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Color: All Colors (No Blue)
Food: Steak, Potatoes, Salad
Quote: Do what you got to do.
Season: Summer
Vacation Destination: Angola, Indiana
Birthplace
Evanston, Illinois United States
Interview Description:

Biography |

Interview Date: 7/11/2000

Barbara Boyd was born in Evanston, Illinois on April 27, 1929. A precocious child, she was educated at Evanston High School, where she excelled in literature and the humanities. She continued her studies at Roosevelt University, and Columbia College's School of Radio and Television, where she was introduced to the world of broadcast journalism. She later went on to Indiana University and settled in Indianapolis, after graduation. In 1969, Barbara Boyd joined the WRTV 6 News Staff as a consumer reporter at age forty. Her early broadcasts of social and economic events quickly earned her a devoted following. As her audience grew, her range of subjects likewise grew.

Among Barbara Boyd's groundbreaking features was her piece on breast cancer. During the broadcast, Mrs. Boyd addressed her TV audience from her hospital bed one week after her own mastectomy operation. She urged viewers to become more aware of the symptoms of the disease and made note of resource centers in the area that would provide information and testing. The highly acclaimed, award-winning feature was crucial in the reduction of the number of breast cancer cases that year.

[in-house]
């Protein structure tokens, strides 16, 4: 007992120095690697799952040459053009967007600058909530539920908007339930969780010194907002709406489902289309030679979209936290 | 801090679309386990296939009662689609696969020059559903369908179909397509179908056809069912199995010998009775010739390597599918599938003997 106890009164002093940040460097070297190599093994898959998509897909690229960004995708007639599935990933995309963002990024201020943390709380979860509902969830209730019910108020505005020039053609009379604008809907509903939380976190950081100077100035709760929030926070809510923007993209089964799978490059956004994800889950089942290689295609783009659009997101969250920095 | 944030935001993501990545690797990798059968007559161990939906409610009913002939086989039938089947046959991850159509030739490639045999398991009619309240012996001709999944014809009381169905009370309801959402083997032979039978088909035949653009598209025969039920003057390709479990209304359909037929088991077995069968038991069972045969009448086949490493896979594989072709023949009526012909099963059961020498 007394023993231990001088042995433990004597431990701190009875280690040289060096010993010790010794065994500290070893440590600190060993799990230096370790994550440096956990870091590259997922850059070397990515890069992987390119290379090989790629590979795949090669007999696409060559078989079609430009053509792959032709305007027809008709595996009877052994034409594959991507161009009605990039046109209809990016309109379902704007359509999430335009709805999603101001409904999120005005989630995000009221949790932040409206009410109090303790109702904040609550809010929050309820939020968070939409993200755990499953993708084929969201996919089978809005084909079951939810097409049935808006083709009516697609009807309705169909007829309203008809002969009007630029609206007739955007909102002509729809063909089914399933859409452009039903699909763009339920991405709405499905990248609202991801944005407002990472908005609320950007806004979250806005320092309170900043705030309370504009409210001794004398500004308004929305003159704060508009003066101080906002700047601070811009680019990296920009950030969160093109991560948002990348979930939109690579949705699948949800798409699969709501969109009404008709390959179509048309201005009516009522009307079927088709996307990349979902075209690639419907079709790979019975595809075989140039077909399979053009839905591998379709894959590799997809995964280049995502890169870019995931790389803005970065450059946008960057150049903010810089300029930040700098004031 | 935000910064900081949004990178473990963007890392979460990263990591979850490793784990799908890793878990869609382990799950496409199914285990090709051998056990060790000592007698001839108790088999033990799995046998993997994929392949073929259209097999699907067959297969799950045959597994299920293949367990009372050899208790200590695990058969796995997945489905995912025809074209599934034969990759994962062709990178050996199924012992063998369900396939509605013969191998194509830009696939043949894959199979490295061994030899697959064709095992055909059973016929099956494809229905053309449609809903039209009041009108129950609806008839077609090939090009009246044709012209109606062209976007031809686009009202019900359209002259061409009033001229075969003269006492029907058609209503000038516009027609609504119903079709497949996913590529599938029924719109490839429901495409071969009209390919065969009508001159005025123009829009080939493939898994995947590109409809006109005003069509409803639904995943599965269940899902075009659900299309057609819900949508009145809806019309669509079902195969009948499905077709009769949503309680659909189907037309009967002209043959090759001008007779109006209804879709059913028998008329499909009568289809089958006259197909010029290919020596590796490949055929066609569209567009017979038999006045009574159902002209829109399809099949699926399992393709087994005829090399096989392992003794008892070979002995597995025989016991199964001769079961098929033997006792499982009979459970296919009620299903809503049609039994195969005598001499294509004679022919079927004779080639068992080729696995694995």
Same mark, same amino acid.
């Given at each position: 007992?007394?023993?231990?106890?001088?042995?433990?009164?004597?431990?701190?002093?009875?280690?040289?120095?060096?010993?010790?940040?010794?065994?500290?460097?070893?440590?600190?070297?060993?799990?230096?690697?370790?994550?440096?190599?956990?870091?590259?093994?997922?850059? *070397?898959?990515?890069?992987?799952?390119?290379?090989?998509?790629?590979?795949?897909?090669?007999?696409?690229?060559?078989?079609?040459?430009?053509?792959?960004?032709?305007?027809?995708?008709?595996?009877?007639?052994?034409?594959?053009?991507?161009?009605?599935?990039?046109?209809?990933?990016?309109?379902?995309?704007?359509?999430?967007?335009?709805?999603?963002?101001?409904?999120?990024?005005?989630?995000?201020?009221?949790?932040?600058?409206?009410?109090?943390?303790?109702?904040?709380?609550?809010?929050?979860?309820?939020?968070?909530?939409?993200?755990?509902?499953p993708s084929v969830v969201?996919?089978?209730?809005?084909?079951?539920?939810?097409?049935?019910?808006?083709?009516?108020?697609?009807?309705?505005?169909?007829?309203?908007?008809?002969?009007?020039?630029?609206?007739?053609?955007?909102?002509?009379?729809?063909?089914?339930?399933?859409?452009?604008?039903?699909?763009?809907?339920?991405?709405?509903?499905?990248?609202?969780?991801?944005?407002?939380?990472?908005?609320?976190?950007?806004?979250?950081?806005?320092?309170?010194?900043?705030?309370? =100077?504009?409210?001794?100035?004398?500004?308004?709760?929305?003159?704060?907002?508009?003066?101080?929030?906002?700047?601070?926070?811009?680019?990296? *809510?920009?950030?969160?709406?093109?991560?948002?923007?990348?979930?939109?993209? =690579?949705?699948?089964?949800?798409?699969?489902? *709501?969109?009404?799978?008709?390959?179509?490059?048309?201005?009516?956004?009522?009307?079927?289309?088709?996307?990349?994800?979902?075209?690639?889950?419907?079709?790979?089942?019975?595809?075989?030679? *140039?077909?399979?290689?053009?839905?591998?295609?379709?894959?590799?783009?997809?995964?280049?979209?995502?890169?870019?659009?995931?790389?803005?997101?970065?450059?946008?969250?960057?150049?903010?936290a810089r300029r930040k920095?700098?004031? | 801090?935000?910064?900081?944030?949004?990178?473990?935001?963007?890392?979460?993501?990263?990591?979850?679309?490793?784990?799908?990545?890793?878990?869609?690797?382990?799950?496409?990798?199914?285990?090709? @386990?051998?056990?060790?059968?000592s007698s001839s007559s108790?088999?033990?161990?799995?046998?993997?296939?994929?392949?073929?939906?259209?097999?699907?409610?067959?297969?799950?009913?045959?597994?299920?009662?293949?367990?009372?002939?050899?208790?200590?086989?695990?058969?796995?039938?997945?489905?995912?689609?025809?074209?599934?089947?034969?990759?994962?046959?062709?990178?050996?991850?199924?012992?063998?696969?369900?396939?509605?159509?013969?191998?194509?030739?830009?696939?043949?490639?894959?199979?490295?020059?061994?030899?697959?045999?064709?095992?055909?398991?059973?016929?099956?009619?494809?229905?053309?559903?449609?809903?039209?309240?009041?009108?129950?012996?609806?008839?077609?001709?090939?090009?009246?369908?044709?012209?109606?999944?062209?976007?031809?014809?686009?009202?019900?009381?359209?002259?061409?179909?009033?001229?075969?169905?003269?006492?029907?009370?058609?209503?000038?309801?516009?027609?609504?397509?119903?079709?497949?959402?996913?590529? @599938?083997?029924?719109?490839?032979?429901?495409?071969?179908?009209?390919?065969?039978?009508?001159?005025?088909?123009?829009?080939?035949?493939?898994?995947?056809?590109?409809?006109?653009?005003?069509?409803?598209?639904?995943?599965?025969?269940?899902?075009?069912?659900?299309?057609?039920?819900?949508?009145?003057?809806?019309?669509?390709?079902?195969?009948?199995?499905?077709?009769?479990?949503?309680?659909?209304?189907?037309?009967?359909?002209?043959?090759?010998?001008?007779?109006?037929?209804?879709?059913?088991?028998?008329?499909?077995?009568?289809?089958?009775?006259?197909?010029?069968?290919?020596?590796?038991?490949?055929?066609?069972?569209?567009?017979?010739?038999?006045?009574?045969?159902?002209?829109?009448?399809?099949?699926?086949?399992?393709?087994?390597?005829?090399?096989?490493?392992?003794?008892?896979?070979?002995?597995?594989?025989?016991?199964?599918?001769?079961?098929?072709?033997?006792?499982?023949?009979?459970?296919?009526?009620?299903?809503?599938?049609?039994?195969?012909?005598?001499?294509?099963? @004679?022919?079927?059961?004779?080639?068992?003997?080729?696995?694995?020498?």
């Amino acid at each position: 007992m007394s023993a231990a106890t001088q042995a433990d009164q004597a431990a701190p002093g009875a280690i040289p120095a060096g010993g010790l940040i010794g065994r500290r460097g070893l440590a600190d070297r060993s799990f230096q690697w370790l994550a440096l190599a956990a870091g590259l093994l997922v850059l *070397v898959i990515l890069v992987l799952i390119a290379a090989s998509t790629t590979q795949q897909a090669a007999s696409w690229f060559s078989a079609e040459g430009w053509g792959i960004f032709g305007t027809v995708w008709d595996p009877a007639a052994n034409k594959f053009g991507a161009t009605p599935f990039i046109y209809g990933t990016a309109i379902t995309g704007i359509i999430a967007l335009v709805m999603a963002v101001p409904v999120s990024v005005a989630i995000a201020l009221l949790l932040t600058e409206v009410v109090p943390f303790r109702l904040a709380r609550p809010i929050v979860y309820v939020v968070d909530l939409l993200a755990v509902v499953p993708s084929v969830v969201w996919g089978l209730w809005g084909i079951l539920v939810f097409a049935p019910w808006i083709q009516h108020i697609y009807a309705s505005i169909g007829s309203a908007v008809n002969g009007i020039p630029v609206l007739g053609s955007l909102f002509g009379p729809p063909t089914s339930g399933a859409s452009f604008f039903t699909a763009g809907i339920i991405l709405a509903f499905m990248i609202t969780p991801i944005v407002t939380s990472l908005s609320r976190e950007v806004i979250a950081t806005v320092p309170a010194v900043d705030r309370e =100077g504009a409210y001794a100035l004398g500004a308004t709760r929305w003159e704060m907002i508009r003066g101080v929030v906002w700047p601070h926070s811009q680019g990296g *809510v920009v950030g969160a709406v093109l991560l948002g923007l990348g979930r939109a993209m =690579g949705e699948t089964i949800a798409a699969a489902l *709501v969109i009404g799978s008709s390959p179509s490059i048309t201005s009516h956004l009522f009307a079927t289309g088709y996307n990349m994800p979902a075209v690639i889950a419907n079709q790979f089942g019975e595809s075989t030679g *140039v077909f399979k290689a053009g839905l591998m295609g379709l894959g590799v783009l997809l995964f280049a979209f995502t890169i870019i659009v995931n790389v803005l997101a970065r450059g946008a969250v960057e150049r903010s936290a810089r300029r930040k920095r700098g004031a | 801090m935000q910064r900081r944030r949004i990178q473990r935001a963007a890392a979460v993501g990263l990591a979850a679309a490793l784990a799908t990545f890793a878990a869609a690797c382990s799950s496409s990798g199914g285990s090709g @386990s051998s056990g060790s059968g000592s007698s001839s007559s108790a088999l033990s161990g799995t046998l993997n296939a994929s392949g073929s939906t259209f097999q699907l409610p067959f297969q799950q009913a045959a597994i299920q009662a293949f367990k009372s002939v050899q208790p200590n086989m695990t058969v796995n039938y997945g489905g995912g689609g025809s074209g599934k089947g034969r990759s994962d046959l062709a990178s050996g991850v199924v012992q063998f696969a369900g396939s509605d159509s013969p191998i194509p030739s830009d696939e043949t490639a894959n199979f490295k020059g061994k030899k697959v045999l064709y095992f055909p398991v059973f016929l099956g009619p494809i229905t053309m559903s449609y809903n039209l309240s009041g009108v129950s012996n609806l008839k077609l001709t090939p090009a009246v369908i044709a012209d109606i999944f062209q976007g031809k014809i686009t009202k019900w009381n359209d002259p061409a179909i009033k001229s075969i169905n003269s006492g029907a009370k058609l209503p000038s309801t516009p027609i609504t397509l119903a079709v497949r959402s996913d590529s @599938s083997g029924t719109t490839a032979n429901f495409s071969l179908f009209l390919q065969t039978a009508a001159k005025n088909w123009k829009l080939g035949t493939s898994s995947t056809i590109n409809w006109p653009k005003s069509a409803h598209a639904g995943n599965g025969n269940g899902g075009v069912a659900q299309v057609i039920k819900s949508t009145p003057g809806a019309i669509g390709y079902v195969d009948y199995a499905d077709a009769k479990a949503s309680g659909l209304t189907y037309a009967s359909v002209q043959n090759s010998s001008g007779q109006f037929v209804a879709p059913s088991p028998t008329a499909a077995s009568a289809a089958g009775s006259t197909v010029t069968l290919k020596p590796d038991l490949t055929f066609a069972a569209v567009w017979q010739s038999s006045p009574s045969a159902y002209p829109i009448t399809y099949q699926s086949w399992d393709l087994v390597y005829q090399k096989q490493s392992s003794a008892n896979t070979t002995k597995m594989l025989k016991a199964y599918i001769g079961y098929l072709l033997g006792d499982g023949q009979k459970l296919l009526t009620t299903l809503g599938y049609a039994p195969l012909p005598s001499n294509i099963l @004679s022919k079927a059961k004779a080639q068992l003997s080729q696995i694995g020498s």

An active community leader, Barbara Boyd has been a member of the National Conference of Christians and Jews for many years. She holds membership at the Indianapolis Association of Black Journalists, the NAACP, and the March of Dimes Association. In addition to these activities, Mrs. Boyd has been a fundraiser and board member for the Indiana Make-A-Wish Foundation since 1996.

Barbara Boyd has been profiled in Indianapolis Monthly Magazine, Indianapolis Woman Magazine, and a book entitled In The Public Interest. She has received four CASPER broadcasting awards from the Community Service Council of Indianapolis and has been named "Woman of the Year" by the American Cancer Society for her daring feature on breast cancer. She has also received awards from the Indianapolis Press Club, the Indiana State Medical Association, and the Cystic Fibrosis Research Foundation. For three consecutive years she was named one of Indianapolis' Top Ten Women by the Indianapolis Star. She is also a recipient of the prestigious Martin Luther King Freedom Award. In March, 2000, Barbara Boyd was inducted into the Indianapolis Hall of Fame.

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